4 Bass Lures You NEED In Your Winter Tackle Box

Winter fishing can be both hard and easy for bass anglers. The hard part is trying to stay warm and keep your equipment from freezing up in the cold. The easy part is lure selection becomes much simpler because bass are lethargic in the winter so you can narrow down your choices to slower moving baits.

Wearing the proper clothing will protect you from the cold but keeping your equipment from freezing up is still a hardship you will have to endure in the winter. Although the cold water slows down a bass’ metabolism the fish still has to eat so you just have to figure out the best ways to coax bass into biting. 

Here are four ways to catch bass throughout the winter:

1) Jerkbaits

Winter Fishing Jerkbaits

 Bass move off the bottom and suspend away from the bank after a cold snap hits and high pressure settles in your area.  Twitching a suspending stickbait becomes the ideal tactic for this situation because you can let the lure sit suspended in front of a bass long enough that the fish will come up and investigate it.

Varying the retrieve helps you determine how bass want the stickbait presented.  Twitching the lure two or three times and then letting it pause is the best presentation for suspended bass. The mood of the fish each day determines whether you should pause the lure ranging from two to 25 seconds.

A variety of 4- and 5-inch suspending stickbaits in shad patterns will trick wintertime bass. The lure is most productive when worked over large rocks, bluff ends, 45-degree banks or brush piles.  You can throw the stickbait on 6-, 8- or 10-pound fluorocarbon to the bank or over brush and reel it down to its maximum depth.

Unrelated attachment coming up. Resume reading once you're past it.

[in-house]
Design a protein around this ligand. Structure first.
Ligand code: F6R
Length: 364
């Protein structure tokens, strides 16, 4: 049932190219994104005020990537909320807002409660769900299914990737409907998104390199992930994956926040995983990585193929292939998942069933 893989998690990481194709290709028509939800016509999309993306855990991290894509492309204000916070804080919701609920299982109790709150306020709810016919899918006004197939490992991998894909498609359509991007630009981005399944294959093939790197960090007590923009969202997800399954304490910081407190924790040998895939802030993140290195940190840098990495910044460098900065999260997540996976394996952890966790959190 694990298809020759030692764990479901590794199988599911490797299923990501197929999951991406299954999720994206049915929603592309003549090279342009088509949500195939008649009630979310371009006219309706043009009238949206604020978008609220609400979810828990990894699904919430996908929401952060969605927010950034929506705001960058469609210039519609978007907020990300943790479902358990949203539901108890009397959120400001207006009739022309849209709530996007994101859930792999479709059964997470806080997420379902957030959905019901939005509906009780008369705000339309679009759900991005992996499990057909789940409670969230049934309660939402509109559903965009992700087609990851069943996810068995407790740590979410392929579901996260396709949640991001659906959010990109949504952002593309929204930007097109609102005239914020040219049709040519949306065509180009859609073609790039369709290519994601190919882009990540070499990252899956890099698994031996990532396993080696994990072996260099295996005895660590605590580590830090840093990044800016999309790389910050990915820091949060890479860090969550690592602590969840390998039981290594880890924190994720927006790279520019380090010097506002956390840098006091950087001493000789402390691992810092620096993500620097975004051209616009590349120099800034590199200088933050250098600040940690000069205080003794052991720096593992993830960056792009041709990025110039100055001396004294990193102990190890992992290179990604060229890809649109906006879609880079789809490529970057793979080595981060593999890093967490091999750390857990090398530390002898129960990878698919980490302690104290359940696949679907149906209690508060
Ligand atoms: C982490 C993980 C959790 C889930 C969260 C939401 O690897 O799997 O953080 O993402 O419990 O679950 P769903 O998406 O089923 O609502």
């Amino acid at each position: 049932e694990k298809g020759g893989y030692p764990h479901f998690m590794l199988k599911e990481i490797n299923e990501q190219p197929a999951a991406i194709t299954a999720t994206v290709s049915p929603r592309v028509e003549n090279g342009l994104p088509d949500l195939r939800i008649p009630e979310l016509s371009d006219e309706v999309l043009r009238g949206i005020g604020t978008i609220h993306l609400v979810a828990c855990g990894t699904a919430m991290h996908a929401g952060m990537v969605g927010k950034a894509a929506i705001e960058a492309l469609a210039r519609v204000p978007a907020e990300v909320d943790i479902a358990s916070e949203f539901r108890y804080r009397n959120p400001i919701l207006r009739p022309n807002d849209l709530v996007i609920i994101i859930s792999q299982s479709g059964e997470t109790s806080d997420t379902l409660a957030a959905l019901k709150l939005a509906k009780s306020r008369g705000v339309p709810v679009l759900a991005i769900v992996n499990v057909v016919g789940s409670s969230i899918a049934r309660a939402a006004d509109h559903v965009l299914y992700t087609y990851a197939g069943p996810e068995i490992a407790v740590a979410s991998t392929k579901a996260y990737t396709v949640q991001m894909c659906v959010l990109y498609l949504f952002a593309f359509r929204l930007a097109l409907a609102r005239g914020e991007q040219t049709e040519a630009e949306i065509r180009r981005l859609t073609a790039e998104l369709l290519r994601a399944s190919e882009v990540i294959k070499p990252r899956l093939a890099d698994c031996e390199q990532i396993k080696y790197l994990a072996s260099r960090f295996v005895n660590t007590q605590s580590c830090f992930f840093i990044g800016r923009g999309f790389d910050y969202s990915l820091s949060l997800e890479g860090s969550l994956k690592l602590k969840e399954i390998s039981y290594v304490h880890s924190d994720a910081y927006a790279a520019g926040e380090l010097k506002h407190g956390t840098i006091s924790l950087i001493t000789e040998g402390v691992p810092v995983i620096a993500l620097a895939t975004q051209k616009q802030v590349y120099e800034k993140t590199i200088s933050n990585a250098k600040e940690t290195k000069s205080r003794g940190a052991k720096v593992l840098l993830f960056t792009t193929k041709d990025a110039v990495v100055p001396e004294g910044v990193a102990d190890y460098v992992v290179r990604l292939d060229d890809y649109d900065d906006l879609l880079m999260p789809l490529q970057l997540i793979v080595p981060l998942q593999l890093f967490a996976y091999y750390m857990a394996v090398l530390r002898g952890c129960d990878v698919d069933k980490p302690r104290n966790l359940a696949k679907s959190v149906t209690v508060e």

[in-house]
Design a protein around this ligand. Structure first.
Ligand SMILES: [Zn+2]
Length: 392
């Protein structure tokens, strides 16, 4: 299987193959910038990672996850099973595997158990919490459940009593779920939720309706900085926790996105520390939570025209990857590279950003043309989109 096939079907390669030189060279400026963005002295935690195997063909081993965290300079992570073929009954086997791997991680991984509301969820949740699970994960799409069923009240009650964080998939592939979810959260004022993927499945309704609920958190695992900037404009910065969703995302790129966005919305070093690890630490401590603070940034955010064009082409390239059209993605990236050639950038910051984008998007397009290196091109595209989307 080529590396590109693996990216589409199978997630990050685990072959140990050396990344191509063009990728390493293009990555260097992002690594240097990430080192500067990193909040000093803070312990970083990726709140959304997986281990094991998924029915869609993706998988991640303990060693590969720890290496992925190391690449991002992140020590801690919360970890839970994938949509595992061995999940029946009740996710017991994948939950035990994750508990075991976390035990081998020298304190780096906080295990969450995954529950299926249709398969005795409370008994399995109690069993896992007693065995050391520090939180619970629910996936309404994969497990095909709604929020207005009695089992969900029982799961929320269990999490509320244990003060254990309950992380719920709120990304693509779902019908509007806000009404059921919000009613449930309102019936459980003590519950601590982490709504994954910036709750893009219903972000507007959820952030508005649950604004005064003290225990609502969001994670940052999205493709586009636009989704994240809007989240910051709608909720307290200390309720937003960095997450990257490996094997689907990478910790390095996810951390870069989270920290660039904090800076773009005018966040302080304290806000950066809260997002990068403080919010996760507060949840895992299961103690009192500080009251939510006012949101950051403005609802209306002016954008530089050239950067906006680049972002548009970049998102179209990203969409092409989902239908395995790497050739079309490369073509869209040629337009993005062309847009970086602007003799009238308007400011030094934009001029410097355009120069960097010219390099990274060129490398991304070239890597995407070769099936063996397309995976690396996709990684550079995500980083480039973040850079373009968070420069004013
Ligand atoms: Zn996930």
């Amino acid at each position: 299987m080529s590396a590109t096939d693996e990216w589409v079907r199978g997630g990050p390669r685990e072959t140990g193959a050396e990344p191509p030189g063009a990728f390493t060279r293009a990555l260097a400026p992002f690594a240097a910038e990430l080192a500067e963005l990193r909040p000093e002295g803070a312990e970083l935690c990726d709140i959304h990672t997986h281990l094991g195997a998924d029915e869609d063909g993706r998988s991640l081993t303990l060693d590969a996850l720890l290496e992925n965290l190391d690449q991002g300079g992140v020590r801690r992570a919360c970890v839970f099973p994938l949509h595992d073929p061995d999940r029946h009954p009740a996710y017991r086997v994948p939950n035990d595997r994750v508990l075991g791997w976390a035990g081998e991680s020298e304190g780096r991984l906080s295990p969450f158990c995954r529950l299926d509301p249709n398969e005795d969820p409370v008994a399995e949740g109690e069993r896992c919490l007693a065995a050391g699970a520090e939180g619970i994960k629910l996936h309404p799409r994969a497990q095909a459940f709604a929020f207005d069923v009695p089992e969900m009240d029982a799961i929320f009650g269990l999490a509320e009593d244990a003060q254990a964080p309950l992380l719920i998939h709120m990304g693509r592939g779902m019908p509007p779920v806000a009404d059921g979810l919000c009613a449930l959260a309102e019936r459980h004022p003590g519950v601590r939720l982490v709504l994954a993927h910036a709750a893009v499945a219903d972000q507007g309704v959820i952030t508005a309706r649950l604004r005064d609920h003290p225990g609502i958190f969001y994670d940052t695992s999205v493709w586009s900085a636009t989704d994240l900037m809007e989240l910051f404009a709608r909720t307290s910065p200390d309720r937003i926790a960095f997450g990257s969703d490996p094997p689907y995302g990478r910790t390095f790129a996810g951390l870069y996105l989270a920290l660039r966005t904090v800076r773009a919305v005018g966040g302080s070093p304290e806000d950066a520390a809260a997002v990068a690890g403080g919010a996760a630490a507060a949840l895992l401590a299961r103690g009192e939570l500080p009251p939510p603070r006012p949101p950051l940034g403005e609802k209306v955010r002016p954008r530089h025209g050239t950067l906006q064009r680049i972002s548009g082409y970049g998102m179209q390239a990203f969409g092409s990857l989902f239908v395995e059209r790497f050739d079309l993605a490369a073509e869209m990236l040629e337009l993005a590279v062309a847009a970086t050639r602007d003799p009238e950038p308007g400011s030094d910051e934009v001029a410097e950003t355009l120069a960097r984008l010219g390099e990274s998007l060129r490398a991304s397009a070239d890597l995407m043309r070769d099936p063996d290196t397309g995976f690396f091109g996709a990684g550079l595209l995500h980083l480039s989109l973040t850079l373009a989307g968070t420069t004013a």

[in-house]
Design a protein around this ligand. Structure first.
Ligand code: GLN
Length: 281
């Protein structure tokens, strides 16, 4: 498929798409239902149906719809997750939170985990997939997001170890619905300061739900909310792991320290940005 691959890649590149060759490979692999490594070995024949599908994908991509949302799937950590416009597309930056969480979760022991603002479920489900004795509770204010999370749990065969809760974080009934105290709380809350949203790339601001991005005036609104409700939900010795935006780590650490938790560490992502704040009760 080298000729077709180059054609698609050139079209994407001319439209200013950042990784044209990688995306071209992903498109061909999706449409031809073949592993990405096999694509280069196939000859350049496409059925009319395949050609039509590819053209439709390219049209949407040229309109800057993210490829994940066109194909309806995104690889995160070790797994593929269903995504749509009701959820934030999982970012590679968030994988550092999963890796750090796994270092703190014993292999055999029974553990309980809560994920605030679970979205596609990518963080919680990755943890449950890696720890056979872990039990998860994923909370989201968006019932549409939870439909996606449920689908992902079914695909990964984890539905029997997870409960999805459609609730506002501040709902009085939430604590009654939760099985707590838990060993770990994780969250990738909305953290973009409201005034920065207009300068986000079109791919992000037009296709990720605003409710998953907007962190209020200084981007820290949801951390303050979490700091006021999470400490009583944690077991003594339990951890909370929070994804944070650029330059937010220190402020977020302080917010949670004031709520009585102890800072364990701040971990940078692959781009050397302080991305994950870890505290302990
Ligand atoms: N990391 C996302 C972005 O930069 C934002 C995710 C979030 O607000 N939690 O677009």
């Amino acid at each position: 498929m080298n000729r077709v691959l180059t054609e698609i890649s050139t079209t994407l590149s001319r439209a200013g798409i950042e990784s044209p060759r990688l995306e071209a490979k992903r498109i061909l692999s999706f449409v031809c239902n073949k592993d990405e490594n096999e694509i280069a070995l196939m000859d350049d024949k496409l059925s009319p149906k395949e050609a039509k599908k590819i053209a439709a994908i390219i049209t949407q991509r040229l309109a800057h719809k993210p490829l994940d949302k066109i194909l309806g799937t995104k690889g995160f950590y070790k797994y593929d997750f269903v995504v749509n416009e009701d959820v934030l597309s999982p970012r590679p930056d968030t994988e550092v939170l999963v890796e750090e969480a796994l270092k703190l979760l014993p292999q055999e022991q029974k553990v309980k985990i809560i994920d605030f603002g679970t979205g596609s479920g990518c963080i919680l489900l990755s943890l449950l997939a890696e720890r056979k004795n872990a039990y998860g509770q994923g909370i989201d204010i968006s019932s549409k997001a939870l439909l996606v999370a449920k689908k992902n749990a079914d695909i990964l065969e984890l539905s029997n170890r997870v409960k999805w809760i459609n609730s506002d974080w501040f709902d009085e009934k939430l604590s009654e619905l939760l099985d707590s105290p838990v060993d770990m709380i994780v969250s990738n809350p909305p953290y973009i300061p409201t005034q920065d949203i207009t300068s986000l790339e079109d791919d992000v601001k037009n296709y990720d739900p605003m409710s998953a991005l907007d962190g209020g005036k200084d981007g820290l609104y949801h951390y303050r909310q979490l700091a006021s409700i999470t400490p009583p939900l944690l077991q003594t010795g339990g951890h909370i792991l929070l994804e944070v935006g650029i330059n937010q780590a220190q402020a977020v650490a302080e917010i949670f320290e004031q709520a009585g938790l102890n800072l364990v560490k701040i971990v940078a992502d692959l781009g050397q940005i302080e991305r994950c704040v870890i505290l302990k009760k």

2) Alabama rigs


This multi-lure rig produces strikes from wintertime bass because it imitates a small school of shad that has broken away from a large school of shad.  A large school of shad can be intimidating to bass sometimes so the Alabama rig with a handful of swimbaits looks like an easier target for bass.

Your state’s law on umbrella rigs will determine how many lures you can attach to the rig.   My home state of Missouri allows only three hooks on an Alabama rig, so I put three swimbaits with 1/8-ounce jigheads on the center and bottom wires of the rig and attach two “dummy lures” without hooks on the top wires.  

I set up my rig with 3 1/2- to 4-inch swimbaits in shad colors such as a gray body with a black back.  I throw the rig on 65-pound braid line in stained water or 25-pound monofilament in clear water. 

The rig can be retrieved slowly along steep channel banks or over brush piles or pole timber down to 30 feet deep. Let the rig sink to the bottom before slowly retrieving it, or check your electronics to see how deep bass are and try to steadily retrieve the rig slightly above the fish. 

3) Blade Baits

A heavy metal bait such as a Death Stalker thrown on 15-pound fluorocarbon line excels in the winter because it can probe deep and catch bass in the 30- to 40-foot range. Steep drop-offs along main and secondary points or creek channels in major coves are the prime spots to introduce a heavy metal bait to bass.

A 1/2-ounce lure works best for depths under 20 feet and a 3/4-ounce model is better for probing deeper than 20 feet. After making a long cast, let the lure to sink to the bottom on a slack line before starting your retrieve.  Lift the bait just enough to where you can feel it vibrate, then let the lure pendulum towards you to imitate the action of a dying shad.

4. Football Jigs

How To Fish A Jig - Winter Bass Fishing

A football jig is ideal for winter bass because the lure can be dragged slowly to imitate crayfish crawling along rocky bottoms.

A 3/4-ounce football jig tipped with a soft plastic chunk or double tail plastic grub is best for dragging at depths greater than 20 feet. Select jigs and trailers that best resemble crayfish hues such as brown and green pumpkin.

Cast the jig on 12- to 16-pound fluorocarbon line and let it sink to the bottom. Employ a slow drag similar to working a Carolina rig and alter the distances you drag the lure. Slowly drag the jig 2 to 4 feet before stopping it and shorten the drag to 6 inches if necessary to trigger a strike. Pay attention to the distance you drug the jig when you get a bite and then duplicate that distance on your ensuing presentations.

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